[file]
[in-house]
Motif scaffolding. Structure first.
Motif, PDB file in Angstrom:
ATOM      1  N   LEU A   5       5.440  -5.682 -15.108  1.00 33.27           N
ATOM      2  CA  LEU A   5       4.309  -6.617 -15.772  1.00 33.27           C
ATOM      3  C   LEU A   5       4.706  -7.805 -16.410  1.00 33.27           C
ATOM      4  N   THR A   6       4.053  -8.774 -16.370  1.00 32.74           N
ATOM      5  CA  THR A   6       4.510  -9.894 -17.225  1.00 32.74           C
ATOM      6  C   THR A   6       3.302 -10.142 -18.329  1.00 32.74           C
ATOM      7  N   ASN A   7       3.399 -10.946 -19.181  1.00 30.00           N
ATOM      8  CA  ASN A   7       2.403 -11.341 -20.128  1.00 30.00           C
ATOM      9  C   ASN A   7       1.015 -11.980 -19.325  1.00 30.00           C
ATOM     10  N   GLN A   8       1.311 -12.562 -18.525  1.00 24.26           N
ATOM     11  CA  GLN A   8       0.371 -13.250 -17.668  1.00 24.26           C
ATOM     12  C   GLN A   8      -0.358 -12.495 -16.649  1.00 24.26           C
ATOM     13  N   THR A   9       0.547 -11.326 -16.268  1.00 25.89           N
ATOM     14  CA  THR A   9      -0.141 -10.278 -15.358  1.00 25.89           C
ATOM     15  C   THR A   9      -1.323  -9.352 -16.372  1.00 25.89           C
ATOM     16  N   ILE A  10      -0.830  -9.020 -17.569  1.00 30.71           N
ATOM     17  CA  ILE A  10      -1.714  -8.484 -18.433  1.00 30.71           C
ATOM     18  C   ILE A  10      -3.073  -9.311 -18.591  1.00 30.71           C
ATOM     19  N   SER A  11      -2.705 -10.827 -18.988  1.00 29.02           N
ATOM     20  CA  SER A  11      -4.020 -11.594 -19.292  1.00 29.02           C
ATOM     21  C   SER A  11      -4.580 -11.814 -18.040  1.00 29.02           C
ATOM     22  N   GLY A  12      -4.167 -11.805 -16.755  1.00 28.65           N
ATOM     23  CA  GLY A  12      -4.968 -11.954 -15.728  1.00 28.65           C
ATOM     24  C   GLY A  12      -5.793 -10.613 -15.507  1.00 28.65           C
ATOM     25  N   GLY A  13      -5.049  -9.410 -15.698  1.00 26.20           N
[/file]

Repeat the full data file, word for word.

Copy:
[in-house]
Motif scaffolding. Structure first.
Motif, PDB file in Angstrom:
ATOM      1  N   LEU A   5       5.440  -5.682 -15.108  1.00 33.27           N
ATOM      2  CA  LEU A   5       4.309  -6.617 -15.772  1.00 33.27           C
ATOM      3  C   LEU A   5       4.706  -7.805 -16.410  1.00 33.27           C
ATOM      4  N   THR A   6       4.053  -8.774 -16.370  1.00 32.74           N
ATOM      5  CA  THR A   6       4.510  -9.894 -17.225  1.00 32.74           C
ATOM      6  C   THR A   6       3.302 -10.142 -18.329  1.00 32.74           C
ATOM      7  N   ASN A   7       3.399 -10.946 -19.181  1.00 30.00           N
ATOM      8  CA  ASN A   7       2.403 -11.341 -20.128  1.00 30.00           C
ATOM      9  C   ASN A   7       1.015 -11.980 -19.325  1.00 30.00           C
ATOM     10  N   GLN A   8       1.311 -12.562 -18.525  1.00 24.26           N
ATOM     11  CA  GLN A   8       0.371 -13.250 -17.668  1.00 24.26           C
ATOM     12  C   GLN A   8      -0.358 -12.495 -16.649  1.00 24.26           C
ATOM     13  N   THR A   9       0.547 -11.326 -16.268  1.00 25.89           N
ATOM     14  CA  THR A   9      -0.141 -10.278 -15.358  1.00 25.89           C
ATOM     15  C   THR A   9      -1.323  -9.352 -16.372  1.00 25.89           C
ATOM     16  N   ILE A  10      -0.830  -9.020 -17.569  1.00 30.71           N
ATOM     17  CA  ILE A  10      -1.714  -8.484 -18.433  1.00 30.71           C
ATOM     18  C   ILE A  10      -3.073  -9.311 -18.591  1.00 30.71           C
ATOM     19  N   SER A  11      -2.705 -10.827 -18.988  1.00 29.02           N
ATOM     20  CA  SER A  11      -4.020 -11.594 -19.292  1.00 29.02           C
ATOM     21  C   SER A  11      -4.580 -11.814 -18.040  1.00 29.02           C
ATOM     22  N   GLY A  12      -4.167 -11.805 -16.755  1.00 28.65           N
ATOM     23  CA  GLY A  12      -4.968 -11.954 -15.728  1.00 28.65           C
ATOM     24  C   GLY A  12      -5.793 -10.613 -15.507  1.00 28.65           C
ATOM     25  N   GLY A  13      -5.049  -9.410 -15.698  1.00 26.20           N